New York AG Files Suit Seeking to Dissolve the NRA in its Entirety; DC AG Sues NRA at the Same Time
This Morning, New York Attorney General Letitia James Filed Suit Against the NRA and its Top Executives for Allegedly Breaking NY Charities Law; if Successful, the lawsuit could Dissolve the NRA’s New York Charter
At the Same Time, D.C. AG Karl Racine Sued the NRA for Exerting Undue Control over the NRA Foundation
Today, New York Attorney General Letitia James filed suit against the NRA, along with co-defendants NRA CEO Wayne LaPierre, NRA General Counsel John Frazer, Former NRA Chief of Staff Josh Powell, and Former NRA CFO Woody Phillips, for breaking New York charities law––the result of an investigation that began in April 2019. The complaint seeks dissolution, meaning that if the suit is successful, the NRA could be disbanded by the State of New York.
At the same time, D.C Attorney General Karl Racine sued the NRA for exerting undue control over the NRA Foundation, a nominally separate, 501(c)(3) organization that has “been operated as a wholly controlled subsidiary of the NRA, without independence or a separate identity from the NRA.”
These new lawsuits come at a time when the NRA is “basically on life support,” with the Trump administration reportedly “aggressively reaching out to other gun groups” and the organization mired in financial, legal, and internal turmoil.
- Financial: In April, NPR uncovered a recording of NRA CEO Wayne LaPierre saying that the NRA took “about a $100 million hit” in 2018 and 2019, and that for the NRA “to survive,” he took “about $80 million” out of the budget and “took it down to the studs.” This follows years of alleged financial mismanagement, during which NRA executive pay has skyrocketed, money has flowed to “unpaid” board members, and the NRA’s own board members and accountants have called into question lavish, legally suspect personal spending by its leadership––including reportedly millions of dollars’ worth of Italian suits and private jet trips for CEO Wayne LaPierre. Meanwhile, the NRA has run a deficit for three years in a row.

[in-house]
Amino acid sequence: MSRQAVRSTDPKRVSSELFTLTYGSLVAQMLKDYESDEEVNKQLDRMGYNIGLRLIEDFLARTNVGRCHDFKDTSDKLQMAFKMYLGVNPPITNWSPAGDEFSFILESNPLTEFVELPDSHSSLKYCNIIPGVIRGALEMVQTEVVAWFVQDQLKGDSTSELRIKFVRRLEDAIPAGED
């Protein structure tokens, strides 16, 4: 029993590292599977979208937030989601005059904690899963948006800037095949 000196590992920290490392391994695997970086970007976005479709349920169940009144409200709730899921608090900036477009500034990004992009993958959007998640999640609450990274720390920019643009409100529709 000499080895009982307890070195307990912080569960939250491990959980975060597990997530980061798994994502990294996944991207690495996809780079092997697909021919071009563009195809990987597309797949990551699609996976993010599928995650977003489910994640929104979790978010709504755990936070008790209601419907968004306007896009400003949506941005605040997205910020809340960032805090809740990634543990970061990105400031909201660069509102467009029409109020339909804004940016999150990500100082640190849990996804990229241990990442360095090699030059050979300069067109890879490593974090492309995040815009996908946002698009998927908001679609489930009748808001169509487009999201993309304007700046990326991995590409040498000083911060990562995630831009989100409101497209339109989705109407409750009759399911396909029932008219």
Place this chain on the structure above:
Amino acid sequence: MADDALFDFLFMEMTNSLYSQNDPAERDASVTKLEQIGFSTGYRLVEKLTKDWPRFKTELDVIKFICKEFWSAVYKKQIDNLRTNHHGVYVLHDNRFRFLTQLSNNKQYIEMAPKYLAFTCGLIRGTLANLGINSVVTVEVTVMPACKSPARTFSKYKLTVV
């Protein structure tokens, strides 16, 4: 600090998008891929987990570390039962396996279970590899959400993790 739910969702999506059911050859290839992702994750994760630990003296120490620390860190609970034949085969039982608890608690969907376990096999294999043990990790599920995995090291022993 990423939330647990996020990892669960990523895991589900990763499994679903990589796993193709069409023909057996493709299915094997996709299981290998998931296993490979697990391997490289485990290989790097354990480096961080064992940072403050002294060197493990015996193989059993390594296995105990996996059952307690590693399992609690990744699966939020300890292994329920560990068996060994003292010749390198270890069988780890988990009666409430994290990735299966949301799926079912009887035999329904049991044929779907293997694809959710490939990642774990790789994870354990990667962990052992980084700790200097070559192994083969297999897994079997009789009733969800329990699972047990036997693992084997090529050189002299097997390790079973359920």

- Legal: The NRA was recently hit with a class action lawsuit, and it was already facing charges by New York State’s Department of Financial Services, under investigation by the U.S. Senate and the attorney general of DC, and locked in various lawsuits with former business partner Ackerman McQueen. The Guardian notes that if the New York Attorney General brings charges, “NRA could lose its coveted non-profit status in New York.”
- Internal: According to The Guardian, the NRA’s “drop in revenues accelerated in 2019 when several large NRA donors began a drive to oust LaPierre over allegations of mismanagement and self-dealing, and to promote reforms.” These donors have boasted that “$165 million in donations and planned gifts had been withheld.”